Second, it is human nature for people to escape to a place where they feel safer. Despite our atrocious treatment of our neighbours, South Africa is that place, just as Botswana, Zimbabwe, Swaziland, Mozambique, Lesotho, Zambia and Tanzania were for South African exiles during apartheid.

As Zimbabwe braces for more protests, we would do well to ask our government and SADC to do whatever they can to ensure that Zimbabwe is stable. Speaking up and asking our government to hold the Zimbabwean government accountable is not only the decent and human thing to do, it also means less pressure on our economy.

Let history not judge us harshly as the friends who were silent while Zimbabwe burnt.

Subscribe to the M&G

These are unprecedented times, and the role of media to tell and record the story of South Africa as it develops is more important than ever.

The Mail & Guardian is a proud news publisher with roots stretching back 35 years, and we’ve survived right from day one thanks to the support of readers who value fiercely independent journalism that is beholden to no-one. To help us continue for another 35 future years with the same proud values, please consider taking out a subscription.

Zukiswa Wanner
Zukiswa Wanner
Zukiswa Wanner (born 1976) is a South African journalist and novelist, born in Zambia and now based in Kenya. Since 2006, when she published her first book, her novels have been shortlisted for awards including the South African Literary Awards (SALA) and the Commonwealth Writers' Prize.

Related stories

Women who defy Mnangagwa are jailed, raped, tortured

Many of them end up in Chikurubi prison where the cells are cold, the blankets are filthy and the toilets are in the crowded cells

Civilians need to oversee South Africa’s defence force

ANC officials’ ‘taxi’ ride in an SANDF jet to Zimbabwe is further evidence that more transparency is needed in the military

Inside Zim’s illicit gold mine trade

Desperate people mine the mineral, but it is ‘untouchable big people’, including top state officials, who reap the real benefits

The brutal abduction caught on camera in Zimbabwe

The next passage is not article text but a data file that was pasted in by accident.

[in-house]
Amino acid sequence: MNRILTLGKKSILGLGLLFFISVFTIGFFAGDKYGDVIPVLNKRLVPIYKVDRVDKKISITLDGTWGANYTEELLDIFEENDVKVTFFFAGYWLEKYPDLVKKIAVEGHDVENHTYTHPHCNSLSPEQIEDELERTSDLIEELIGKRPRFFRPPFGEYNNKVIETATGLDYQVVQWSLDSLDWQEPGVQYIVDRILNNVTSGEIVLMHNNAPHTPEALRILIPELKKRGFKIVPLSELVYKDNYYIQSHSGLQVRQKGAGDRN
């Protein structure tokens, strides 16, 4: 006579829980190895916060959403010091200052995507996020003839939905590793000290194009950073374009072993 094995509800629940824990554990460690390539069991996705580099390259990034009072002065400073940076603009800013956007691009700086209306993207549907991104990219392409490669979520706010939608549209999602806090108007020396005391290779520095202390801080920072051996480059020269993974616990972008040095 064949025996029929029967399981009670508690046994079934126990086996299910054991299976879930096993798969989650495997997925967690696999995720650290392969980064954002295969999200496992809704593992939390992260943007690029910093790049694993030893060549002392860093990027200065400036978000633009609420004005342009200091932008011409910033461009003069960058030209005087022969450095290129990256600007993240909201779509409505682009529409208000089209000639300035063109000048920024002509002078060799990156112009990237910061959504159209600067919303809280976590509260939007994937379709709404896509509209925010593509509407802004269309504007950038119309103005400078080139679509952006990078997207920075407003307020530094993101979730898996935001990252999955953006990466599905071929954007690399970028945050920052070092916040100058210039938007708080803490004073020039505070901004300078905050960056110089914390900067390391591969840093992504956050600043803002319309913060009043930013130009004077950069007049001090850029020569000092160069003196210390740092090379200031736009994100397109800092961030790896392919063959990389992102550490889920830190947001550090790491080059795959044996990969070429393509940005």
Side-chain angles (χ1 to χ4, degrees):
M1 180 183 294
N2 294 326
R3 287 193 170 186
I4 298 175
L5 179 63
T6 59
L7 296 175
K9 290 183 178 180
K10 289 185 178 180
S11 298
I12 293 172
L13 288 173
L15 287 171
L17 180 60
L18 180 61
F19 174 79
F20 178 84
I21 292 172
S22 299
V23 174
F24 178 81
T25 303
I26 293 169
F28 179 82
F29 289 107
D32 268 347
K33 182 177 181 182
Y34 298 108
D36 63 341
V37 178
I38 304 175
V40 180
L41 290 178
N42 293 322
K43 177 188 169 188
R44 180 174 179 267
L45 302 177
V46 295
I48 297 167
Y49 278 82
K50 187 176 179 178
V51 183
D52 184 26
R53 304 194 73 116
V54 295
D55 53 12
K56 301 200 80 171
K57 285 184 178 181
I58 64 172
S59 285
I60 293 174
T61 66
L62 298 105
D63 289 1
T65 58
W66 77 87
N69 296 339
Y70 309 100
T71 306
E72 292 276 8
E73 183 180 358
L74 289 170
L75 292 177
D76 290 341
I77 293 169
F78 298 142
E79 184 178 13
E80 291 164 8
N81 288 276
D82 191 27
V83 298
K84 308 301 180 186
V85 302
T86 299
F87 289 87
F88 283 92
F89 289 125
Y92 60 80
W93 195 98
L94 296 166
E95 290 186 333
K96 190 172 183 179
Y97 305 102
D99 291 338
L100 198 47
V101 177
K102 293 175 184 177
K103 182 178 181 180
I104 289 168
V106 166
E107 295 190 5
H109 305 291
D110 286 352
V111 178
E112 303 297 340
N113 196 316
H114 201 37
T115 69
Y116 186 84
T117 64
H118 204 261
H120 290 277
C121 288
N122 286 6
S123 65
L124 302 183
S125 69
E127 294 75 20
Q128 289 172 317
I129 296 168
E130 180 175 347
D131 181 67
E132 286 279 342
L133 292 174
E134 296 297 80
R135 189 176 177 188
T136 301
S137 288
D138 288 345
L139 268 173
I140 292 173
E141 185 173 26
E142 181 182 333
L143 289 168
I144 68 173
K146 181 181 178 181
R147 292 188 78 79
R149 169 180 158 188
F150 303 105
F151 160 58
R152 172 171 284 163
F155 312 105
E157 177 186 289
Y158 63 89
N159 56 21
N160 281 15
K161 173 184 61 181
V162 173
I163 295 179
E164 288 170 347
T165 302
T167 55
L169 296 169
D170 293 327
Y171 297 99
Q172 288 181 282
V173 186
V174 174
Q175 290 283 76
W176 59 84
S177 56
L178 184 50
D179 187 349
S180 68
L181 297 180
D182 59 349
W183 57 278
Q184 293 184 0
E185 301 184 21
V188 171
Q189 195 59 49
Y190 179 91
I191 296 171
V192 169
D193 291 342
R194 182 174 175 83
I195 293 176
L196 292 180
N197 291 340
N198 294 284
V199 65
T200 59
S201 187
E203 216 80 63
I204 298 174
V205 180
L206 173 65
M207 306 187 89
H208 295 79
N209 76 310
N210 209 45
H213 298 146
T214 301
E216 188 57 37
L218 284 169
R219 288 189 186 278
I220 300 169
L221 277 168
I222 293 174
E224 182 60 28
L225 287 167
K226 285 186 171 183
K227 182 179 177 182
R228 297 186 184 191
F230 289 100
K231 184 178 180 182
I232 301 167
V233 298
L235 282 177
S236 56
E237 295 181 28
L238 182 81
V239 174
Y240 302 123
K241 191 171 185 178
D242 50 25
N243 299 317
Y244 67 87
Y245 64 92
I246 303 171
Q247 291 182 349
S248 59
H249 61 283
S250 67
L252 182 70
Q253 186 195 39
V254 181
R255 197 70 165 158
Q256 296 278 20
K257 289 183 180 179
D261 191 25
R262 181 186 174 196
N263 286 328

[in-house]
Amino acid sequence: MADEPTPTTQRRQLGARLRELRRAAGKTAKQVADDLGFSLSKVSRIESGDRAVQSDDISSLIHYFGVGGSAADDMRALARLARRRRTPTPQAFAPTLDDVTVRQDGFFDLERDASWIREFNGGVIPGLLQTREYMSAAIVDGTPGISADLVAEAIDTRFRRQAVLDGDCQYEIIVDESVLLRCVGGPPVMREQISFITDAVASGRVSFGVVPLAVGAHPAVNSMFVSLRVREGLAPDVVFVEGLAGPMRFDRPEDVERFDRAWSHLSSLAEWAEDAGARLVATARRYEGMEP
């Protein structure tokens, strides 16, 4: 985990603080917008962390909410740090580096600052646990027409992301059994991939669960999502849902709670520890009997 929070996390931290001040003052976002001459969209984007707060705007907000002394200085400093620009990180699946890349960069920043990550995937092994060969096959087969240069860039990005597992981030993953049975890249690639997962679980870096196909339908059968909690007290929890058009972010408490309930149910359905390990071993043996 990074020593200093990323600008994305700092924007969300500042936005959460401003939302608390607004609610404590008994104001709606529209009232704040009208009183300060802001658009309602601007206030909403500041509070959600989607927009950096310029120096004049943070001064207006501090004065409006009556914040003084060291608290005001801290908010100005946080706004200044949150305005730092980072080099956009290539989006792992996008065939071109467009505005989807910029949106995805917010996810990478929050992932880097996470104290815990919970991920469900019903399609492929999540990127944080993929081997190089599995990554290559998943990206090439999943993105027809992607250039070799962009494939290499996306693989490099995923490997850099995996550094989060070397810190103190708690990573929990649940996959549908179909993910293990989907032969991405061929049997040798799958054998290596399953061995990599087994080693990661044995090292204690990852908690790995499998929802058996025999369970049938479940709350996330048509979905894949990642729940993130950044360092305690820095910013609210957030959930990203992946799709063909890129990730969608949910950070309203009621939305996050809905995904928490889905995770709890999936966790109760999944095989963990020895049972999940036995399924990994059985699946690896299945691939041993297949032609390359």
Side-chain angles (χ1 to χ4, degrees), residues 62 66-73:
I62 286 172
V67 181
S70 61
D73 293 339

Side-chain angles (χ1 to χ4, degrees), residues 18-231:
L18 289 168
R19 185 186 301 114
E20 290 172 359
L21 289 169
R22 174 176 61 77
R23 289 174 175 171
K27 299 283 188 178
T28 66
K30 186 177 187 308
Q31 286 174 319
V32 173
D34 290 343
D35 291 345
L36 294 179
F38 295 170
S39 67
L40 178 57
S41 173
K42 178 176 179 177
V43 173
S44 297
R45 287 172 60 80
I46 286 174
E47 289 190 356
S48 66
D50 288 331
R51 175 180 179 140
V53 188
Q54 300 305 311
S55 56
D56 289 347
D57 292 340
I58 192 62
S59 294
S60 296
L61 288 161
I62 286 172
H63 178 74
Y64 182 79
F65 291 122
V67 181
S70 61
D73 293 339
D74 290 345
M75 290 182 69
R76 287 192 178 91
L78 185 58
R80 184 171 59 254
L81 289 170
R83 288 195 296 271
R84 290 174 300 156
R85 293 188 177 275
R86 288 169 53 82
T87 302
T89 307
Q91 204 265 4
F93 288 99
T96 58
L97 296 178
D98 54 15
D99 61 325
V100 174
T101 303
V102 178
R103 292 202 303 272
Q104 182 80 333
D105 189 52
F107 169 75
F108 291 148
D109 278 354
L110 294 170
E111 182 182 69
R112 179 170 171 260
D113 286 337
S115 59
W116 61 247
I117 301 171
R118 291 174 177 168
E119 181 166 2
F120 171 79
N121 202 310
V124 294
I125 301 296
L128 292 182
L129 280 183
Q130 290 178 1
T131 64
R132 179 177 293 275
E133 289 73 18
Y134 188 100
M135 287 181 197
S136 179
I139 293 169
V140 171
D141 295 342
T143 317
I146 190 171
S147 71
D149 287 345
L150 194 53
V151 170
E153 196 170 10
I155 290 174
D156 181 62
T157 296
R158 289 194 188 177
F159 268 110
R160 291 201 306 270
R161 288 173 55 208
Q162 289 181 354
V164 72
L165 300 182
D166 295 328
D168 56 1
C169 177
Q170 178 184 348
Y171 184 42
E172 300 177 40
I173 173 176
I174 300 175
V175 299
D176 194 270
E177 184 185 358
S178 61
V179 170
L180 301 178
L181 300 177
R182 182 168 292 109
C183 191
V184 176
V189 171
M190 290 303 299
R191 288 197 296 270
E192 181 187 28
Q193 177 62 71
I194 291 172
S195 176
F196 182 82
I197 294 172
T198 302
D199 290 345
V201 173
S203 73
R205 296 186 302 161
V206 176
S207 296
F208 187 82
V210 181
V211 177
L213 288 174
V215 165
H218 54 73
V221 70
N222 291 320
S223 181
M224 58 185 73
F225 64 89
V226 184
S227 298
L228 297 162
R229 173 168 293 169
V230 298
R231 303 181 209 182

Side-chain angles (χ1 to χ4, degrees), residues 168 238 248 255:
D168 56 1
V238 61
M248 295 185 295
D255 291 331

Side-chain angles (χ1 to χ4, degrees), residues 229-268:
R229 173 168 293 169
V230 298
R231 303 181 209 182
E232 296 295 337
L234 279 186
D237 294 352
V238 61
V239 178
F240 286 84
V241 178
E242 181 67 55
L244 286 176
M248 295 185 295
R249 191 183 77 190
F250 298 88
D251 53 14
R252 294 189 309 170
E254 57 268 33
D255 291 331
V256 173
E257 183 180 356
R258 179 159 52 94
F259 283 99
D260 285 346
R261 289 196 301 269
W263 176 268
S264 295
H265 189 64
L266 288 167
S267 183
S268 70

Tawanda Muchehiwa is one of dozens of Zimbabweans who have been kidnapped and tortured by unidentified armed men

Campaigning together, but on their own

Social media is driving a new – largely anonymous – form of protest in Zimbabwe and Zambia

Zimbabwean protest leader Ngarivhume freed on bail

Zimbabwean opposition politician Jacob Ngarivhume on Wednesday was granted bail at his fourth attempt since being detained on July 20 for calling protests against corruption
Advertising

Subscribers only

The shame of 40 000 missing education certificates

Graduates are being left in the lurch by a higher education department that is simply unable to deliver the crucial certificates proving their qualifications - in some cases dating back to 1992

The living nightmare of environmental activists who protest mine expansion

Last week Fikile Ntshangase was gunned down as activists fight mining company Tendele’s expansions. Community members tell the M&G about the ‘kill lists’ and the dread they live with every day

More top stories

Fifteen witnesses for vice-chancellor probe

Sefako Makgatho University vice-chancellor Professor Peter Mbati had interdicted parliament last month from continuing with the inquiry

Constitutional Court ruling on restructuring dispute is good for employers

A judgment from the apex court empowers employers to change their workers’ contracts — without consultation

Audi Q8: Perfectly cool

The Audi Q8 is designed to be the king in the elite SUV class. But is it a victim of its own success?

KZN officials cash in on ‘danger pay for Covid-19’

Leadership failures at Umdoni local municipality in KwaZulu-Natal have caused a ‘very unhappy’ ANC PEC to fire the mayor and chief whip
Advertising

press releases

Loading latest Press Releases…

The best local and international journalism

handpicked and in your inbox every weekday